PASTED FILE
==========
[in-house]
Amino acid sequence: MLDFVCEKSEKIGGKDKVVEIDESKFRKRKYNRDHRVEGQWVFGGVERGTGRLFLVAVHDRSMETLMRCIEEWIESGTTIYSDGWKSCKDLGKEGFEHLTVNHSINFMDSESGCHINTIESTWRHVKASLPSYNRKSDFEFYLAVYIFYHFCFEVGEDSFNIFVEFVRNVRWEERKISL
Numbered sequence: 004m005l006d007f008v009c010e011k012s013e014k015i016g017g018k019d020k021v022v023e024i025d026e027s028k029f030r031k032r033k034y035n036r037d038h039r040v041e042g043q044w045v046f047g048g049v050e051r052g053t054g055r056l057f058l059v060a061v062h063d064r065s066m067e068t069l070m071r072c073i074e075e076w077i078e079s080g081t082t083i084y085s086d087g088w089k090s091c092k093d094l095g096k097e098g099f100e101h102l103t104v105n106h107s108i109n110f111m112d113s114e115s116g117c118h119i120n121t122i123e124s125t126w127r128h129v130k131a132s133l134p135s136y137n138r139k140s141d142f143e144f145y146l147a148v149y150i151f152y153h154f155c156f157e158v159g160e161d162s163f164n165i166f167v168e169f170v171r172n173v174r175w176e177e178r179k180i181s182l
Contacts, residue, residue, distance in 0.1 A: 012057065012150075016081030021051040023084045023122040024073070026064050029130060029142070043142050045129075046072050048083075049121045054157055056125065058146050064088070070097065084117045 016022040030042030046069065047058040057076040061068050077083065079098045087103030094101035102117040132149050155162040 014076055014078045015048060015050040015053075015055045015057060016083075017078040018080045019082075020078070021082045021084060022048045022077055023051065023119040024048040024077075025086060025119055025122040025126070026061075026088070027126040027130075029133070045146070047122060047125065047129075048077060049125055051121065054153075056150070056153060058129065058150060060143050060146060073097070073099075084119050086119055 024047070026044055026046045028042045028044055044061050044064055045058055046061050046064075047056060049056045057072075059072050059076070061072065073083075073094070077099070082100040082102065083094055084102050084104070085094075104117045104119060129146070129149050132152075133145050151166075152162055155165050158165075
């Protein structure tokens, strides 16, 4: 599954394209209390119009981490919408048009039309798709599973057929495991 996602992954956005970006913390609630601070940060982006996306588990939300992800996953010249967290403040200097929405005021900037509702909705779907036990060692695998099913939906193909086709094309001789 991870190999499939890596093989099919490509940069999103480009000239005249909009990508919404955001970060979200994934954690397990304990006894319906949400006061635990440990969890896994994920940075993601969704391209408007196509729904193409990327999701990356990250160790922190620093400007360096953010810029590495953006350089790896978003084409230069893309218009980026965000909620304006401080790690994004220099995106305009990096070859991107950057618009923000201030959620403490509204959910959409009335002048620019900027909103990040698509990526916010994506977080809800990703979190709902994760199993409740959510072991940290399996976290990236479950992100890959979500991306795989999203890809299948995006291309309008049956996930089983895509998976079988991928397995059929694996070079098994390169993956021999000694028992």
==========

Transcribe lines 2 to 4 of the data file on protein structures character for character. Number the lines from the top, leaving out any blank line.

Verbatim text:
Amino acid sequence: MLDFVCEKSEKIGGKDKVVEIDESKFRKRKYNRDHRVEGQWVFGGVERGTGRLFLVAVHDRSMETLMRCIEEWIESGTTIYSDGWKSCKDLGKEGFEHLTVNHSINFMDSESGCHINTIESTWRHVKASLPSYNRKSDFEFYLAVYIFYHFCFEVGEDSFNIFVEFVRNVRWEERKISL
Numbered sequence: 004m005l006d007f008v009c010e011k012s013e014k015i016g017g018k019d020k021v022v023e024i025d026e027s028k029f030r031k032r033k034y035n036r037d038h039r040v041e042g043q044w045v046f047g048g049v050e051r052g053t054g055r056l057f058l059v060a061v062h063d064r065s066m067e068t069l070m071r072c073i074e075e076w077i078e079s080g081t082t083i084y085s086d087g088w089k090s091c092k093d094l095g096k097e098g099f100e101h102l103t104v105n106h107s108i109n110f111m112d113s114e115s116g117c118h119i120n121t122i123e124s125t126w127r128h129v130k131a132s133l134p135s136y137n138r139k140s141d142f143e144f145y146l147a148v149y150i151f152y153h154f155c156f157e158v159g160e161d162s163f164n165i166f167v168e169f170v171r172n173v174r175w176e177e178r179k180i181s182l
Contacts, residue, residue, distance in 0.1 A: 012057065012150075016081030021051040023084045023122040024073070026064050029130060029142070043142050045129075046072050048083075049121045054157055056125065058146050064088070070097065084117045 016022040030042030046069065047058040057076040061068050077083065079098045087103030094101035102117040132149050155162040 014076055014078045015048060015050040015053075015055045015057060016083075017078040018080045019082075020078070021082045021084060022048045022077055023051065023119040024048040024077075025086060025119055025122040025126070026061075026088070027126040027130075029133070045146070047122060047125065047129075048077060049125055051121065054153075056150070056153060058129065058150060060143050060146060073097070073099075084119050086119055 024047070026044055026046045028042045028044055044061050044064055045058055046061050046064075047056060049056045057072075059072050059076070061072065073083075073094070077099070082100040082102065083094055084102050084104070085094075104117045104119060129146070129149050132152075133145050151166075152162055155165050158165075